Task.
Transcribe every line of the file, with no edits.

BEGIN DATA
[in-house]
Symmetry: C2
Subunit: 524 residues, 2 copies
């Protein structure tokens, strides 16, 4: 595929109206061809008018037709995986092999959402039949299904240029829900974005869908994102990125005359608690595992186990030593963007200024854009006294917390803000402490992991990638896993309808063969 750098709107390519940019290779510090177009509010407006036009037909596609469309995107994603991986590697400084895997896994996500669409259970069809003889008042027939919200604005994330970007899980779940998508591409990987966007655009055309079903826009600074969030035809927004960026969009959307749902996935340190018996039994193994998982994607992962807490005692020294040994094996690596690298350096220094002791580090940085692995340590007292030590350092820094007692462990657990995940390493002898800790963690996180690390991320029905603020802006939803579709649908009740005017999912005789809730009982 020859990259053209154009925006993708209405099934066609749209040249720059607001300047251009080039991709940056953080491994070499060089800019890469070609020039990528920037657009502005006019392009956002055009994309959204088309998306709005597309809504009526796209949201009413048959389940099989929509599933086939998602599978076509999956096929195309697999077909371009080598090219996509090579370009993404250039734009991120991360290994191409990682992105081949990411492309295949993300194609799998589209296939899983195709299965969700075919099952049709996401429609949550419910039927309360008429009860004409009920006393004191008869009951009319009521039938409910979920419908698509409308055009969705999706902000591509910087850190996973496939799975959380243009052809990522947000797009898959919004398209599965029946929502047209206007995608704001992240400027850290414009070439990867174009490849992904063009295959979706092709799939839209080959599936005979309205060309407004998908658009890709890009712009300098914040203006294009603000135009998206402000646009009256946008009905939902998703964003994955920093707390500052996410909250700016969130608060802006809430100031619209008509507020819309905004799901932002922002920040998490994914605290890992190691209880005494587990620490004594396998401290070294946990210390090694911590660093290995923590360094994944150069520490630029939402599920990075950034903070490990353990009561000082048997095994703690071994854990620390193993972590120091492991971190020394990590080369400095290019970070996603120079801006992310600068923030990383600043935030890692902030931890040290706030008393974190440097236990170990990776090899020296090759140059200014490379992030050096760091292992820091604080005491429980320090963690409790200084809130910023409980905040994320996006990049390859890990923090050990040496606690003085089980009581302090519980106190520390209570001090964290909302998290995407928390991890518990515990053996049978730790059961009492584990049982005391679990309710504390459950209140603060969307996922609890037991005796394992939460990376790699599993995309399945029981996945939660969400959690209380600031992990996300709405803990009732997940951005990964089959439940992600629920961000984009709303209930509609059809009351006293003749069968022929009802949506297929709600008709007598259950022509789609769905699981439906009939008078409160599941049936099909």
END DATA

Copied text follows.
[in-house]
Symmetry: C2
Subunit: 524 residues, 2 copies
């Protein structure tokens, strides 16, 4: 595929109206061809008018037709995986092999959402039949299904240029829900974005869908994102990125005359608690595992186990030593963007200024854009006294917390803000402490992991990638896993309808063969 750098709107390519940019290779510090177009509010407006036009037909596609469309995107994603991986590697400084895997896994996500669409259970069809003889008042027939919200604005994330970007899980779940998508591409990987966007655009055309079903826009600074969030035809927004960026969009959307749902996935340190018996039994193994998982994607992962807490005692020294040994094996690596690298350096220094002791580090940085692995340590007292030590350092820094007692462990657990995940390493002898800790963690996180690390991320029905603020802006939803579709649908009740005017999912005789809730009982 020859990259053209154009925006993708209405099934066609749209040249720059607001300047251009080039991709940056953080491994070499060089800019890469070609020039990528920037657009502005006019392009956002055009994309959204088309998306709005597309809504009526796209949201009413048959389940099989929509599933086939998602599978076509999956096929195309697999077909371009080598090219996509090579370009993404250039734009991120991360290994191409990682992105081949990411492309295949993300194609799998589209296939899983195709299965969700075919099952049709996401429609949550419910039927309360008429009860004409009920006393004191008869009951009319009521039938409910979920419908698509409308055009969705999706902000591509910087850190996973496939799975959380243009052809990522947000797009898959919004398209599965029946929502047209206007995608704001992240400027850290414009070439990867174009490849992904063009295959979706092709799939839209080959599936005979309205060309407004998908658009890709890009712009300098914040203006294009603000135009998206402000646009009256946008009905939902998703964003994955920093707390500052996410909250700016969130608060802006809430100031619209008509507020819309905004799901932002922002920040998490994914605290890992190691209880005494587990620490004594396998401290070294946990210390090694911590660093290995923590360094994944150069520490630029939402599920990075950034903070490990353990009561000082048997095994703690071994854990620390193993972590120091492991971190020394990590080369400095290019970070996603120079801006992310600068923030990383600043935030890692902030931890040290706030008393974190440097236990170990990776090899020296090759140059200014490379992030050096760091292992820091604080005491429980320090963690409790200084809130910023409980905040994320996006990049390859890990923090050990040496606690003085089980009581302090519980106190520390209570001090964290909302998290995407928390991890518990515990053996049978730790059961009492584990049982005391679990309710504390459950209140603060969307996922609890037991005796394992939460990376790699599993995309399945029981996945939660969400959690209380600031992990996300709405803990009732997940951005990964089959439940992600629920961000984009709303209930509609059809009351006293003749069968022929009802949506297929709600008709007598259950022509789609769905699981439906009939008078409160599941049936099909």